In 1949 Papa Barnard returned from a California show with the news that he had sold 1,000 of the blenders in just a few days. ``If they sell that well in front of small crowds,'' Bill Jr. asked, ``what will they do in front of a vast audience?'' He had recently bought his first television set and he reckoned he had an idea worth trying.
At that time there were plenty of products advertised on television, but no one had thought of actually demonstrating one. Indeed, when Barnard presented his idea to a Cleveland TV station, it was looked on as a good way to fill up the evening's program. What folks got that Saturday evening was a half-hour packed with solid information and the sort of wisecracking entertainment the Barnards delivered before fairground audiences everywhere.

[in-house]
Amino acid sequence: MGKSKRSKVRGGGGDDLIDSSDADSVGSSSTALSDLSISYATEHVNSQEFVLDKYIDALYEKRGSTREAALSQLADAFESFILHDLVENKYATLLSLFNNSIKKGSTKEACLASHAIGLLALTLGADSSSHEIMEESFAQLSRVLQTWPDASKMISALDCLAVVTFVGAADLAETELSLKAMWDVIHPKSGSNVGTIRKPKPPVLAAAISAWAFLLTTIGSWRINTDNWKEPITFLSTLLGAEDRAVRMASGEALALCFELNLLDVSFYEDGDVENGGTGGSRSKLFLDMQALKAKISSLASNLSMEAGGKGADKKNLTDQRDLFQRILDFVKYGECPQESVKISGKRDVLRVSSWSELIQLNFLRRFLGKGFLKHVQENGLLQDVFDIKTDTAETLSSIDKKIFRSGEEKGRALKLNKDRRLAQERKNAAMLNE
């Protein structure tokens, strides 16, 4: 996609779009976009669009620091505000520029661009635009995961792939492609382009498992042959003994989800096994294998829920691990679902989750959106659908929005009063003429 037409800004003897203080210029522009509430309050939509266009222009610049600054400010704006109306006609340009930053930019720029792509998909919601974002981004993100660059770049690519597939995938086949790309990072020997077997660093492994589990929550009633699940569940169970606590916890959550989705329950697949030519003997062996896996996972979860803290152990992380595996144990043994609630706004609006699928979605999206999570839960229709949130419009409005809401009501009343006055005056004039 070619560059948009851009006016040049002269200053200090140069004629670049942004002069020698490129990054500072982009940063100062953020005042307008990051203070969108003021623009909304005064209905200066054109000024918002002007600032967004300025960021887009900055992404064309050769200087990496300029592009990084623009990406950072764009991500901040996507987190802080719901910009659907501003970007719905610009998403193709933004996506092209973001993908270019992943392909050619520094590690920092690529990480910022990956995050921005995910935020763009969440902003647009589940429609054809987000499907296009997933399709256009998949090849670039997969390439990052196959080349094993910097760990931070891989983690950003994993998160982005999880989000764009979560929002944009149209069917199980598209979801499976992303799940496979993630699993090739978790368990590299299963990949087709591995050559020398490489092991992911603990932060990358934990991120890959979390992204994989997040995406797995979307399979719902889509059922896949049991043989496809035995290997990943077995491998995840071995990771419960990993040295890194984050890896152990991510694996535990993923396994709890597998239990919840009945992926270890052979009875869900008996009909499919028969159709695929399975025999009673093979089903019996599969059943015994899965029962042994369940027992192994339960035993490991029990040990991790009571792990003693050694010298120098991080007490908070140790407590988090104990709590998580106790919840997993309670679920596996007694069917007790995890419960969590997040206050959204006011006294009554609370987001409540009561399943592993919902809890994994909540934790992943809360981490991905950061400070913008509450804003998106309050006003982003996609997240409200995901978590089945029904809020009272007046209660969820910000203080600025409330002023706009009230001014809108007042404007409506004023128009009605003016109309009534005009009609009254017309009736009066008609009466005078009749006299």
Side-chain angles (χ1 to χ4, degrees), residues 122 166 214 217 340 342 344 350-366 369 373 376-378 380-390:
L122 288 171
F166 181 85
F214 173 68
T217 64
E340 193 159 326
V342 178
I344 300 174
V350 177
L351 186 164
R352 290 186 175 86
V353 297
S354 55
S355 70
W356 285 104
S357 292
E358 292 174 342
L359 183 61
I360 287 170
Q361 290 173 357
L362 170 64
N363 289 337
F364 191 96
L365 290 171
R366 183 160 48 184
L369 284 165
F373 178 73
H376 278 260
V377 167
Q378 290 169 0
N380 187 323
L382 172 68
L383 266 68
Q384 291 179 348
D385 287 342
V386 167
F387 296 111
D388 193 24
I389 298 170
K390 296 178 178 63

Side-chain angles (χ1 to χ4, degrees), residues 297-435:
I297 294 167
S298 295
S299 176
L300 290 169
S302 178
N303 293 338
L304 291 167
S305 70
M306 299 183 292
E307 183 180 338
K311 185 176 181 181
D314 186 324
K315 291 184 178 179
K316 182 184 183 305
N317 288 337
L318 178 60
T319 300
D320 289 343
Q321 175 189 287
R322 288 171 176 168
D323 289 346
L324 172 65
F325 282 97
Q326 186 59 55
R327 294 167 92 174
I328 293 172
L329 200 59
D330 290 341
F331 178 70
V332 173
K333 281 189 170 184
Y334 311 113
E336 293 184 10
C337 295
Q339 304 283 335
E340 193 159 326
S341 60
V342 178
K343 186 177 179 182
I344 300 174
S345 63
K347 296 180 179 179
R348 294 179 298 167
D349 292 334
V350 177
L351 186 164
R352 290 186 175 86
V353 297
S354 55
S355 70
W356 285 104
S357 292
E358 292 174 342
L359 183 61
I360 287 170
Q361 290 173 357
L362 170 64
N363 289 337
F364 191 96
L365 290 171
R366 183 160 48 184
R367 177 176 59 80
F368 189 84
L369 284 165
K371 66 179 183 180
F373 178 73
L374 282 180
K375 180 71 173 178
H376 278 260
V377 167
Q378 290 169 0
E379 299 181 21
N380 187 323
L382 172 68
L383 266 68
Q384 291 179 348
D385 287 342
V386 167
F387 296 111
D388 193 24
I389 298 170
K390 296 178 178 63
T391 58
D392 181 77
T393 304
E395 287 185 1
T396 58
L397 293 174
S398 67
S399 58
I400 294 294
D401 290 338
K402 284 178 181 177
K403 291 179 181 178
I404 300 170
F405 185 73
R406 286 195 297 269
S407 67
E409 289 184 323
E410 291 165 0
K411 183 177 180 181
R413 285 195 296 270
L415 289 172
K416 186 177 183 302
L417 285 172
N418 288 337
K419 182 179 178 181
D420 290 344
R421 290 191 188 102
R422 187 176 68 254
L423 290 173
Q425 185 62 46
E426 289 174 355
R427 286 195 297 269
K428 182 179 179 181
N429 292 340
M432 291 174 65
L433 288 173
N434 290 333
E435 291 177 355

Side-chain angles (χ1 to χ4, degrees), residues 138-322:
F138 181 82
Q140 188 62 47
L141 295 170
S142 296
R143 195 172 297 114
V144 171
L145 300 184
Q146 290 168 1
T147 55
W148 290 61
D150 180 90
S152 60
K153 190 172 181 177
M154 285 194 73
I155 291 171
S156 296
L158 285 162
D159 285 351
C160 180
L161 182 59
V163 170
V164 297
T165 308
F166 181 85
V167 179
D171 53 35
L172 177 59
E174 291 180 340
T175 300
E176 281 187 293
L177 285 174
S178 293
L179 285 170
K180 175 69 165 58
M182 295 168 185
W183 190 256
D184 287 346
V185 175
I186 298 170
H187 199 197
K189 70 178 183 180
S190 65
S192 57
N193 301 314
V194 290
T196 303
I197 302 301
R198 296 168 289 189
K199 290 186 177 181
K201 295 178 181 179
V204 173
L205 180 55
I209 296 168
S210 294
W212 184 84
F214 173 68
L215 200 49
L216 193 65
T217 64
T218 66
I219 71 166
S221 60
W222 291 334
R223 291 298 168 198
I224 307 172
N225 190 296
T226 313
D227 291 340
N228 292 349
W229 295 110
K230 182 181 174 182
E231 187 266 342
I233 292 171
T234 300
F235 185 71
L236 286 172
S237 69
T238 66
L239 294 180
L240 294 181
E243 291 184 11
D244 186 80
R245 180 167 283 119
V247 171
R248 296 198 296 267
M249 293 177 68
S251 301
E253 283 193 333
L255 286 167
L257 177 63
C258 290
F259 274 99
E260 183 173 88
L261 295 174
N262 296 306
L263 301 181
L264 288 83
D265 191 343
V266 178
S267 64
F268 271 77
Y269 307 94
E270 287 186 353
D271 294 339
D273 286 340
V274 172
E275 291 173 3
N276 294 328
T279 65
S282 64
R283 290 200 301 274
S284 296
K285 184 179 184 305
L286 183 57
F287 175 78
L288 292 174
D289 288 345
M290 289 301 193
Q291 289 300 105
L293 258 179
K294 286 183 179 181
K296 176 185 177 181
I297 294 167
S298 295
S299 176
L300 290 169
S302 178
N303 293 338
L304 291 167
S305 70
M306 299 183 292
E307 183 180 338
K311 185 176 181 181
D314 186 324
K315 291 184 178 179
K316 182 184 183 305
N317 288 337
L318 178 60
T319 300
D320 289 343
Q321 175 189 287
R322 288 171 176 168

After the show was over the Barnard telephone started ringing, ``and the last one came plumb on 4:30 in the morning,'' Bill Barnard recalls. ``We sold 650 machines that night.''
For two years Sstation WEWS, Channel 5, ran that show as a regular Saturday evening repeat, and a New York City station picked it up as a regular feature in 1950.
With that sort of publicity the Barnards realized their blender business was set to roll for many decades if they could keep making steady improvements. ``If you listen hard,'' the junior Barnard says, ``people will tell you what they like about your product, what they don't like, and if you're very lucky, they might even tell you what they'd like to see added.''